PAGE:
A Magazine about the Hudson Valley’s local economy, published by Hudson Valley Current.

BOOK REVIEWS: Blue by Jeanine Tesori and Tazewell Thompson Treemonisha by Scott Joplin and Damien Sneed

By Paul Smart

Culture, many of us still believe, has the ability to shift the driving forces that become history through thoughtful reflection, and the harnessing of emotion into cogent analysis. We’ve learned this through literary and art studies, as well as the various ways in which we are taught how the past influences and establishes present phenomenon. We note the ways in which film, television, and pop music mirror what we come to call the zeitgeist of an era. Or, what we wish were such, as with all the Woodstock Nation talk of the past year, versus the oppositional viewpoint that what rose just as strongly were things unleashed by Richard Nixon, Ronald Reagan, and others on a different side of history.

This piece, this month, is not so much about the sort of book that we can pick up at a library, online, or at a bookstore. It’s about the book of a new opera, Blue, that played a total of eight performances at the Glimmerglass Opera Festival in Cooperstown this summer; as well as the revival of a much older opera, Scott Joplin’s Treemonisha, that played for one performance at the Phoenicia International Festival of the Voice last month after being reimagined and restructured by Houston Grand Opera composer-in-residence, Damien Sneed.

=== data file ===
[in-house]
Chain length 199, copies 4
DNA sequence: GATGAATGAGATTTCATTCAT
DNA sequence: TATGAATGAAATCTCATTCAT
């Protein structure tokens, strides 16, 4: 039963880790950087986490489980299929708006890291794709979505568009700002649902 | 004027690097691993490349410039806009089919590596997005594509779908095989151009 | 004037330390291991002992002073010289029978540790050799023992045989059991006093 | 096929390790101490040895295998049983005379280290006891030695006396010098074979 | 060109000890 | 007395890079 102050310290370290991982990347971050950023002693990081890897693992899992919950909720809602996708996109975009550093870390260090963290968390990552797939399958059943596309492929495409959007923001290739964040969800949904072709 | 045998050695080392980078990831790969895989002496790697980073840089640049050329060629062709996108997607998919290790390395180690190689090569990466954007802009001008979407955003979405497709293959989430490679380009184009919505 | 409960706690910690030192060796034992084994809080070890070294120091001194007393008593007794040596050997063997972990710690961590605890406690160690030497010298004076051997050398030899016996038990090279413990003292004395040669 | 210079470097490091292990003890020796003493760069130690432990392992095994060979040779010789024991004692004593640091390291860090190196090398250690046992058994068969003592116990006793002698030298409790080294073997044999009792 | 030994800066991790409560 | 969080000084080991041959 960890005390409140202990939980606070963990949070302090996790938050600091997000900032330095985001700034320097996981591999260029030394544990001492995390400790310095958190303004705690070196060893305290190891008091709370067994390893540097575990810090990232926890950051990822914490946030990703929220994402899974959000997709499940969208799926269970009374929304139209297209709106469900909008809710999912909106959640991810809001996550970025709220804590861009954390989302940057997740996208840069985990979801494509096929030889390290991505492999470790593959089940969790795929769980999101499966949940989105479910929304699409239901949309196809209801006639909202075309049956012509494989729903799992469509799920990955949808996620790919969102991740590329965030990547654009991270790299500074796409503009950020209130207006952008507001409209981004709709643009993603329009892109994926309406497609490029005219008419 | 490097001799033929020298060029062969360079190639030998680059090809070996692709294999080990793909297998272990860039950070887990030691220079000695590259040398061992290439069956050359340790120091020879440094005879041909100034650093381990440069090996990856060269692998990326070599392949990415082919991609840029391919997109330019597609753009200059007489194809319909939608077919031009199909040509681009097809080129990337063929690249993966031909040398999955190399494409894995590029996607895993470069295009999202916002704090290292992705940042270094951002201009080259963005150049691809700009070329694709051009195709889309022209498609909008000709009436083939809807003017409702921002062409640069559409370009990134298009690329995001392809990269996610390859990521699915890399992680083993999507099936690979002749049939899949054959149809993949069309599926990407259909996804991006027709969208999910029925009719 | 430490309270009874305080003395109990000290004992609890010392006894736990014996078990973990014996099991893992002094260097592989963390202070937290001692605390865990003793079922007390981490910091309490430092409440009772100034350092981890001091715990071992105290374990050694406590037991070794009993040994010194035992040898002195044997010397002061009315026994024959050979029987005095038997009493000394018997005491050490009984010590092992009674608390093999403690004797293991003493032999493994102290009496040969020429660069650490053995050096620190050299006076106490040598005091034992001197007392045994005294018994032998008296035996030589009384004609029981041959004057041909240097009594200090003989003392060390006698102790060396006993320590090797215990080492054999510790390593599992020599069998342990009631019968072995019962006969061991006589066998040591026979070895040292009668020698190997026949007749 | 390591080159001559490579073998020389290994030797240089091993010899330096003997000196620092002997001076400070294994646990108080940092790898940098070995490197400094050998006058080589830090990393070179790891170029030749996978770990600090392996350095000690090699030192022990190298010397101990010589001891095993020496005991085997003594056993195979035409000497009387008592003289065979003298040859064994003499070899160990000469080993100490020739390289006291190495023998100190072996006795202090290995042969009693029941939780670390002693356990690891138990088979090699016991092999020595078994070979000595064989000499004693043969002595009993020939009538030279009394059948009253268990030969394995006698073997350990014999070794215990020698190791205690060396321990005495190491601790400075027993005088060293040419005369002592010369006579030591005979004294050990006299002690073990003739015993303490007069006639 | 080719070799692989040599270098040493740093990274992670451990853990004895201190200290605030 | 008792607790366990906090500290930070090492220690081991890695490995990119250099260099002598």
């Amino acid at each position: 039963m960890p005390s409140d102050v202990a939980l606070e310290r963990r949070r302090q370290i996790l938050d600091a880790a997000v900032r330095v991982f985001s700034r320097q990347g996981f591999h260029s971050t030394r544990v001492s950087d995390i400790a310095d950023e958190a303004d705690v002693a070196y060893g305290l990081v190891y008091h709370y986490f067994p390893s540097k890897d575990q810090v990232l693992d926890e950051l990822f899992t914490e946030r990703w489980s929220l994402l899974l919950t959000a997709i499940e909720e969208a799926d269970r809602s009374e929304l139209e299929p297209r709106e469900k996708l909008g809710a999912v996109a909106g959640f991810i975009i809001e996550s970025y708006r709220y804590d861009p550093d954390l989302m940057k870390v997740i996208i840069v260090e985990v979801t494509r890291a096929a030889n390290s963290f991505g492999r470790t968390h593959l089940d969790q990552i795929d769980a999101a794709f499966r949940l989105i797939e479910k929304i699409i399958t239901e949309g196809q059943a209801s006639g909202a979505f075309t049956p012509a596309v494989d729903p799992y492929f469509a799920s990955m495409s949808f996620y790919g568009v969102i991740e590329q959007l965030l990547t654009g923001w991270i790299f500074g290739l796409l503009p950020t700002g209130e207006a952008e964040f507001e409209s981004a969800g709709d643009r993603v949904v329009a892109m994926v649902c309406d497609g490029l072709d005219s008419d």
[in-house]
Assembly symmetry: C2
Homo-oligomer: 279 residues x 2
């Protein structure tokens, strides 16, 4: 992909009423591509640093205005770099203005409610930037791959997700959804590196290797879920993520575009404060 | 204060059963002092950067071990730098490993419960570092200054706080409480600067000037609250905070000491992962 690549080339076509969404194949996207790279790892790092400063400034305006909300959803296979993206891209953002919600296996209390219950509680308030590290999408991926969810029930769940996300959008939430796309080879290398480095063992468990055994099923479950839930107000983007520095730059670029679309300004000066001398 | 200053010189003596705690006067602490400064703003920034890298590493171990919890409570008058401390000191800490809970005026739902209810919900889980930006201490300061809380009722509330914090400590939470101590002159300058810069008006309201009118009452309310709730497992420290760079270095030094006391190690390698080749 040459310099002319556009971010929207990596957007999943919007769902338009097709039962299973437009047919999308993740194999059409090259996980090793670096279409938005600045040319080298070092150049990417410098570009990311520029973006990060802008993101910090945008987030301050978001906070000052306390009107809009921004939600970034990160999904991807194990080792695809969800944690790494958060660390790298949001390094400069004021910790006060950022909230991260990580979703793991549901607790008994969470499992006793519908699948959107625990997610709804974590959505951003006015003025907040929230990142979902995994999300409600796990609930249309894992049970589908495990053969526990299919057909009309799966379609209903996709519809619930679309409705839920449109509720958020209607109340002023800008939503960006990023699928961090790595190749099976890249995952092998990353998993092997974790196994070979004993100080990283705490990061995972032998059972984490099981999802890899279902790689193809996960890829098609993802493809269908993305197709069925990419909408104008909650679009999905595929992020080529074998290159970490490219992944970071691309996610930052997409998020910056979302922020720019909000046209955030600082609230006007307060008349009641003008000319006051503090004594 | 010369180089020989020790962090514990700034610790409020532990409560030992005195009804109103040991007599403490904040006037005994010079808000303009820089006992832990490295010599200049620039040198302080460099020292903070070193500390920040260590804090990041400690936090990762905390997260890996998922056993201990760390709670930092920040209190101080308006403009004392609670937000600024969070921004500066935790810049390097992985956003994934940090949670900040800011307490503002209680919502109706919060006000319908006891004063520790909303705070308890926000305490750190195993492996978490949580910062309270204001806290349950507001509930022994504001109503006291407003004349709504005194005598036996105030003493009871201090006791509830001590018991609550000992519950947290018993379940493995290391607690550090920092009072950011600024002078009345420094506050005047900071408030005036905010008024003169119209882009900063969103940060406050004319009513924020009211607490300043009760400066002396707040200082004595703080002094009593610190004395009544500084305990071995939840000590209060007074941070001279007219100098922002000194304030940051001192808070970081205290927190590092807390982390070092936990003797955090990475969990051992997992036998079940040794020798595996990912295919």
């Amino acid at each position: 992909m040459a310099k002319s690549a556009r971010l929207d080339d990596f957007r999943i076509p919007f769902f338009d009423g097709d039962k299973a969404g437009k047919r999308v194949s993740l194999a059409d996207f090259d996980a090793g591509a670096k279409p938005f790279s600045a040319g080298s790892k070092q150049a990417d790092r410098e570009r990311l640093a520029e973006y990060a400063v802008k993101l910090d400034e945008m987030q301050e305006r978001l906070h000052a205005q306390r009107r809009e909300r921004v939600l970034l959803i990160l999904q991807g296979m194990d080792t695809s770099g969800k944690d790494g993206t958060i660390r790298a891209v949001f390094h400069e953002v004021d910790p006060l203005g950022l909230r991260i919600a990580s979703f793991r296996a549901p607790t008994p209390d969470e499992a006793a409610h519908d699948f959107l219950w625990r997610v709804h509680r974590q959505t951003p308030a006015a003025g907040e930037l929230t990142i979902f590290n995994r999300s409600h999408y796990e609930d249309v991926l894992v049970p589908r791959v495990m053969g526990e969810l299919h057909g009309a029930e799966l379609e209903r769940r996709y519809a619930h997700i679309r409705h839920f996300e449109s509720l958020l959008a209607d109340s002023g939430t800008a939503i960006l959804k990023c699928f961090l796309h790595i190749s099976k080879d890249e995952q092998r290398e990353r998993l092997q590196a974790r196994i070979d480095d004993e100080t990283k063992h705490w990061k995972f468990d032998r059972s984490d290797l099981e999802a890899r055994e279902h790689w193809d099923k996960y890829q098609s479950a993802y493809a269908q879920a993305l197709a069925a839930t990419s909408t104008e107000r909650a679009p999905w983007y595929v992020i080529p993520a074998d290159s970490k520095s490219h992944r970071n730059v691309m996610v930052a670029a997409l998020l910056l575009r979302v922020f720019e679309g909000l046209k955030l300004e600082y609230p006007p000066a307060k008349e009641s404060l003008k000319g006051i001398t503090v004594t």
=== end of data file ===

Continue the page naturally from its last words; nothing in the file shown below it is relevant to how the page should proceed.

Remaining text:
The latter, granted a rare posthumous Pulitzer in 1976, is a celebration of Black music, and culture, as a unifying force against the brutality of post-Civil War racism. The former, by rising composer Jeanine Tesori and writer/director Tazewell Thompson, centers on the hopes and fears of a young Black couple as they raise a son in Harlem who rebels against his father being a cop, while his mother fears for bringing up any Black male in today’s world. Tragedy hits when one of the father’s fellow officers shoots down their son.

The audiences for both works were almost entirely White. At Glimmerglass, a few left early, faces distraught by the sudden coming of current events into their curated world of culture. But everyone gave the new work—emotionally textured and richly performed—a long standing ovation. Moreover, Blue is already being called a contemporary masterpiece, and getting booked by city operas across the Americas and Europe.

“The times are fraught. Lit by lightning and divisiveness. Love, family, friends and the church are there when we need them. And we need them now,” noted Thompson of his collaboration. “We need a song to soothe our sorrows as we confront painful, personal truths. We need music in our lives and our children near to help us repair heartache; music to ultimately lift us and celebrate the bonds of sisterhood and brotherhood togetherness.” 

As well as culture, however taser-directed towards highly specific audiences, to keep reminding us of what stories are key to our experience, our history in the making.

Culture, many of us hope, day in and day out, retains the ability to shift what’s driving us into unknown narratives. It’s still the bedrock of zeitgeist, now and once we all get a chance to look back from a better place.